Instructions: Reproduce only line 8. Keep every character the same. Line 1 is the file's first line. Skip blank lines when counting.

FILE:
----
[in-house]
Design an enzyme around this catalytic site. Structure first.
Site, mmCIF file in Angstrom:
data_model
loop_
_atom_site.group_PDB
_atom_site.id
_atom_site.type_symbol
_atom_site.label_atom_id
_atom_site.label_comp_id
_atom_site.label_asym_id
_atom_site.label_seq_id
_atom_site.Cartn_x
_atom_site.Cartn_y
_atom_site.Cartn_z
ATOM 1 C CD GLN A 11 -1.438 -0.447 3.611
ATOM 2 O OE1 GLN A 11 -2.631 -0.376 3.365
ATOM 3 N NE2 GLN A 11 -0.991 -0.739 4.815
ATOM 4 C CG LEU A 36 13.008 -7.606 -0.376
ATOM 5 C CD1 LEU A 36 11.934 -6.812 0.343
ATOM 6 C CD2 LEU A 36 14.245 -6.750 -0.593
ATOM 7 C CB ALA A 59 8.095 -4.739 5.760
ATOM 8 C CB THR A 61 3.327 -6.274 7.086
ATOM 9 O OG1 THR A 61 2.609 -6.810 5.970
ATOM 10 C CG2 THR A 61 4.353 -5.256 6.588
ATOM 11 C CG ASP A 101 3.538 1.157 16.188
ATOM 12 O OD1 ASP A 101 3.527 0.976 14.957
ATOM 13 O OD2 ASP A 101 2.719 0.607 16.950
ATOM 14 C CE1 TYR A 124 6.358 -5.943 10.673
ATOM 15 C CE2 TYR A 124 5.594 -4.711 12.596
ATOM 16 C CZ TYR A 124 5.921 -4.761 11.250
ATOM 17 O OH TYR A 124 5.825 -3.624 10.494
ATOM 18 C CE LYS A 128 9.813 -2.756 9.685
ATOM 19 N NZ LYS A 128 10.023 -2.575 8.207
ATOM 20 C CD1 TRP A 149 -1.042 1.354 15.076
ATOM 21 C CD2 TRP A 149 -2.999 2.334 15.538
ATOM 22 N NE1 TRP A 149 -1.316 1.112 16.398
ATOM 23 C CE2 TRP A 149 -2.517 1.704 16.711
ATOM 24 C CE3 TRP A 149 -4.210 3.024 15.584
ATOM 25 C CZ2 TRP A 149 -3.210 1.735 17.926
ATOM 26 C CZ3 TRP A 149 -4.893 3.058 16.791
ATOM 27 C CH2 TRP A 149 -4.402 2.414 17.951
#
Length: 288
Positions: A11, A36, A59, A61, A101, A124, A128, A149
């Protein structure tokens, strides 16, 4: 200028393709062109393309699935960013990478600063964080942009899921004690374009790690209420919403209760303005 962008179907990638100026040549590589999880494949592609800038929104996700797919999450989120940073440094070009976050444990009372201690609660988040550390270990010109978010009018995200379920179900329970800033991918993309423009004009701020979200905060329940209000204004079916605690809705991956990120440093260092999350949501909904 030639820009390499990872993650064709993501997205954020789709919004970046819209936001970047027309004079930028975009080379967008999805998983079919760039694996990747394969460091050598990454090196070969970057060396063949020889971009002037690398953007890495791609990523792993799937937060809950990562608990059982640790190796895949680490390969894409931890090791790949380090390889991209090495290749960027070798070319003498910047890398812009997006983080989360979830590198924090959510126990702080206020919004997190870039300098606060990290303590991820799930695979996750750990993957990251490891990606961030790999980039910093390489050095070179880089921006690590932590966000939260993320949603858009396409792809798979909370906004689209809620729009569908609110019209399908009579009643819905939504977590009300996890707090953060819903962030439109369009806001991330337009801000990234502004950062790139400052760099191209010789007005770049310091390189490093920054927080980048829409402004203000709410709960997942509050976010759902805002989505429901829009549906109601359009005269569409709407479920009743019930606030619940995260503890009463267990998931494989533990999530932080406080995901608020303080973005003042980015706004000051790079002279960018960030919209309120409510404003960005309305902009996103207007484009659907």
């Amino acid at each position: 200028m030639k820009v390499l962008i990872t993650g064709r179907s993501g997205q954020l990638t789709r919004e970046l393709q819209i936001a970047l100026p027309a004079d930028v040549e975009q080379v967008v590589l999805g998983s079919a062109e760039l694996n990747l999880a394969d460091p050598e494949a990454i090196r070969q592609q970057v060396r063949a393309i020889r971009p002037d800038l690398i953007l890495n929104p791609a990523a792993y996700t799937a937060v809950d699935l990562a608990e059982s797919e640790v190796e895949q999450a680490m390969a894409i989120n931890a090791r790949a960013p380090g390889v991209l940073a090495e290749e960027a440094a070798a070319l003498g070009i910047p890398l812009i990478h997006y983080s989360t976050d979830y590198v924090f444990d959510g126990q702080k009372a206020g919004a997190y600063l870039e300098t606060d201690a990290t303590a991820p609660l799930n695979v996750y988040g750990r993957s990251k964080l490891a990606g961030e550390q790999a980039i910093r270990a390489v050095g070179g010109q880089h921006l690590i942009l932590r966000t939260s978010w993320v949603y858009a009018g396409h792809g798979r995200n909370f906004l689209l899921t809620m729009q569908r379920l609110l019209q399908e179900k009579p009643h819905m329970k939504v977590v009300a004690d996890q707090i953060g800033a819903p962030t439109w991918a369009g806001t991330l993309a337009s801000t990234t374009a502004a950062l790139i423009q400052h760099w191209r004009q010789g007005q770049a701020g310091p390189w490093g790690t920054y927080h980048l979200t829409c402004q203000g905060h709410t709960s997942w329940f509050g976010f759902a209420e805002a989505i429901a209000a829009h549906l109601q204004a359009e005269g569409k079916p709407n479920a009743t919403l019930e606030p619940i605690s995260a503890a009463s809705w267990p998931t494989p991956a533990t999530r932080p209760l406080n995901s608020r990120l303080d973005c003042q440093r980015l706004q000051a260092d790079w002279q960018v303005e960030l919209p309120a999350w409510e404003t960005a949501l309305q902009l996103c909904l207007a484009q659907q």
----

_atom_site.type_symbol